Posters requesting General Raheel Sharif, the Army Chief of Pakistan, to take control of the nation through a military coup surfaced all over Pakistan in the first week of August. The posters had his photograph, with a printed request of taking control of Pakistan in God's name. The posters were pasted on a number of thoroughfares in major cities. They were ostensibly printed by Move on Pakistan, an obscure political party that distrusts the governing ability of civilian leaders.
Naturally the big question doing the rounds in Pakistan at this time is whether the army is planning a coup. This is more relevant as the Turkish government crushed a budding military putsch only a few days before.
Pakistan is not new to coups. The last military takeover occurred in October 1999. However, the context was much different than that of today. In 1999, Pakistan was nearly buckled economically due to US sanctions over the 1998 nuclear tests. The Kargil War with India in Kashmir has led to a new nadir on military-civil relations. Moreover, there was a real threat of an all out nuclear war between both nuclear technology enabled neighbors.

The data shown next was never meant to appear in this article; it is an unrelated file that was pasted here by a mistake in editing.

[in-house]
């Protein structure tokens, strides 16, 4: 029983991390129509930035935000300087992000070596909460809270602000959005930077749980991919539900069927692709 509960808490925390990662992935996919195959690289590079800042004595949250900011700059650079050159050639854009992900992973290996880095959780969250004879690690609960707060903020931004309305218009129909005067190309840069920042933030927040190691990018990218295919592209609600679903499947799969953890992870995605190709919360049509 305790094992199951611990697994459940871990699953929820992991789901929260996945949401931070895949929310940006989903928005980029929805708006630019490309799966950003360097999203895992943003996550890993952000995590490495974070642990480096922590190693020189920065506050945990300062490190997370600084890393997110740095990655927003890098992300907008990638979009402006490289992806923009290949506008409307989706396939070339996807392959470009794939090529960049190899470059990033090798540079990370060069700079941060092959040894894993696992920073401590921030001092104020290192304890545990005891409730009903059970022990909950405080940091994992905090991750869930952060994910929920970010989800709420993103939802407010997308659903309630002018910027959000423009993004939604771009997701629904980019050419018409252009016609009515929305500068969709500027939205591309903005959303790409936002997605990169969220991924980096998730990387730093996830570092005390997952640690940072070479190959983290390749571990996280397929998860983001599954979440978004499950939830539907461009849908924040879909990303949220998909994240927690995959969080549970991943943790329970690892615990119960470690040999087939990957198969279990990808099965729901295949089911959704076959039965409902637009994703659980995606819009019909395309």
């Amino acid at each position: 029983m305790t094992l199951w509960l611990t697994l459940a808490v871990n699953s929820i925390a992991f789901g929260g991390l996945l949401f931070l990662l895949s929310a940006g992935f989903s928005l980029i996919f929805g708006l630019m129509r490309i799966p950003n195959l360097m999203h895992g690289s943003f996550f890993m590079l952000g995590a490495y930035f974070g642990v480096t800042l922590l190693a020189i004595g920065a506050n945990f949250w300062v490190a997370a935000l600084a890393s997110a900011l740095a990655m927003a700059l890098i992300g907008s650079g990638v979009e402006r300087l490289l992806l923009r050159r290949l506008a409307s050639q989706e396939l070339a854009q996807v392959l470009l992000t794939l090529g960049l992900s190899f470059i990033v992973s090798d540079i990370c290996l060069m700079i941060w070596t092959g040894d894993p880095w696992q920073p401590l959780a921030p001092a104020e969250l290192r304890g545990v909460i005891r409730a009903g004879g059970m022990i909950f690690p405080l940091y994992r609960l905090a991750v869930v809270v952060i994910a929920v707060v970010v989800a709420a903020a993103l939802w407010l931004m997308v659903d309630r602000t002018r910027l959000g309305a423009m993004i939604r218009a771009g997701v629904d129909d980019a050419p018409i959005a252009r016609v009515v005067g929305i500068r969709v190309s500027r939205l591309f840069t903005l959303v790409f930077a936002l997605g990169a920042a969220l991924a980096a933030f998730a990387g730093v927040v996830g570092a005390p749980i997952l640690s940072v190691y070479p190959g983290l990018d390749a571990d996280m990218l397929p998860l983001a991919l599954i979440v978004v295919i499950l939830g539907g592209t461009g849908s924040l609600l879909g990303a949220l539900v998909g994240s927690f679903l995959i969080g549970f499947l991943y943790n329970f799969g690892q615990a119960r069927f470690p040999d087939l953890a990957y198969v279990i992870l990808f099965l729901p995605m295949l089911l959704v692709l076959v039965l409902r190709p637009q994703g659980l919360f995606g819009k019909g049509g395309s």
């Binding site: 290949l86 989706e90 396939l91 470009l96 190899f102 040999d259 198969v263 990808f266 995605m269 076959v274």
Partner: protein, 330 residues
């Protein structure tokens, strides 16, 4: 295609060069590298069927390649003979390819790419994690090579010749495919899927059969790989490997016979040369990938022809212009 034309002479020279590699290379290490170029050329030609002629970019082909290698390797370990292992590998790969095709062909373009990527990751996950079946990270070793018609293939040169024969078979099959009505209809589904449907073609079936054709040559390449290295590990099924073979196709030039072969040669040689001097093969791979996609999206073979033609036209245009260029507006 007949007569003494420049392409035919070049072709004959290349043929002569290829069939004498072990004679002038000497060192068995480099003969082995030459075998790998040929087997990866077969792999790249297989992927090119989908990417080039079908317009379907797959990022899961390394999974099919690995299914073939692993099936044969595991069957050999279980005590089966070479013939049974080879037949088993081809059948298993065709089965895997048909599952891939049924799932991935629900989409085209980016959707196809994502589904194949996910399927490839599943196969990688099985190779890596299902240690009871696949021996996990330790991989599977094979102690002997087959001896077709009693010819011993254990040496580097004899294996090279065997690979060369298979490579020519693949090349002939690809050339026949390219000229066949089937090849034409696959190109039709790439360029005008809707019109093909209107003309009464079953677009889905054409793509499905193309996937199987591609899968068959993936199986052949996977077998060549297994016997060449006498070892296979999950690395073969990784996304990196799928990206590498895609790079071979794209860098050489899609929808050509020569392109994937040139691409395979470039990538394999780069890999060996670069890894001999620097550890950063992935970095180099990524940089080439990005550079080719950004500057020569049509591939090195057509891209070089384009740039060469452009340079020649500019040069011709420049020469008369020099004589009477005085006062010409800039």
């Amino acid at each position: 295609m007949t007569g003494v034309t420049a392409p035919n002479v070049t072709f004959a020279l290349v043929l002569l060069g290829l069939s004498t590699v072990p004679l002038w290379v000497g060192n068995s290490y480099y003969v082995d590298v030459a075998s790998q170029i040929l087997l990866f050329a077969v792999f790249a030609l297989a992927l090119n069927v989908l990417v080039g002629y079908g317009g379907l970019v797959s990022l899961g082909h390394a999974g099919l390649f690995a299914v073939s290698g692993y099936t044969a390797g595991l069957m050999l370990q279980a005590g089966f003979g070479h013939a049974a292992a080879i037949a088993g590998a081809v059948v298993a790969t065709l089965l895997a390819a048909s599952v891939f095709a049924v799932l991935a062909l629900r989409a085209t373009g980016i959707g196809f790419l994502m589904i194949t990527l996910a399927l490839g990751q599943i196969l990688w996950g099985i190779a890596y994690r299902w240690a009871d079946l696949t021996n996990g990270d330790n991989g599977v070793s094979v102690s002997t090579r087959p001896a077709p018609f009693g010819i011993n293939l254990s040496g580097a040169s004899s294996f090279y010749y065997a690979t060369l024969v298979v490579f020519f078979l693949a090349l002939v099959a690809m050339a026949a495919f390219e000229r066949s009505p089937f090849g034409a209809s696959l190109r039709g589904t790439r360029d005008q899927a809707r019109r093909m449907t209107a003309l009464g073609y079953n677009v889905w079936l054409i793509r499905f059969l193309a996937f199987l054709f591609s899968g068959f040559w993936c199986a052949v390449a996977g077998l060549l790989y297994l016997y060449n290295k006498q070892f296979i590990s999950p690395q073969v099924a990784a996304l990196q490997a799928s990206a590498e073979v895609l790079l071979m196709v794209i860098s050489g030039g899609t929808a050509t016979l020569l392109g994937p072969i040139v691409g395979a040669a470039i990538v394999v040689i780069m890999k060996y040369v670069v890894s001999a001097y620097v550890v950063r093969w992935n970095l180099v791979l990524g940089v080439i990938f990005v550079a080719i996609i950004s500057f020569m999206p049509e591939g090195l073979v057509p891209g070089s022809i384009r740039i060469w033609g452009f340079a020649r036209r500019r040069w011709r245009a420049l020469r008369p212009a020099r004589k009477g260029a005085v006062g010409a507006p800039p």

Analysts doubt whether the present situation has anything to do with the army prodding it on for its own benefit. Ejaz Haider, talk show host and a political analyst, said that there exists no direct evidence of any army involvement or even its intelligence agencies. He reminded, however, past experience also tells that any Pakistani intelligence agency could quietly push a few dissatisfied elements to begin such campaigns both in the physical world and online.
Role of military
In Pakistan, military coups are a part of the political landscape. It suffered military rule four times since its independence from Britain in 1947. Civilian rulers have lost the confidence of the public many times, with the latter regarding the former as an inefficient bunch and corrupt. The Pakistani military controls the many gears of power and steps in, portraying itself as a saviour.
It does not help the situation that Nawaz Sharif, the present Pakistani Prime Minister, has seen his popularity ratings dipped as he was mired in allegations of corruption. His family is frequently seen as the beneficiary of many underhanded deals. General Shareef, in contrast, is extremely popular due to his image as a man who achieves his objectives. Many Pakistanis believe that only the General could bring about the much required economic stability.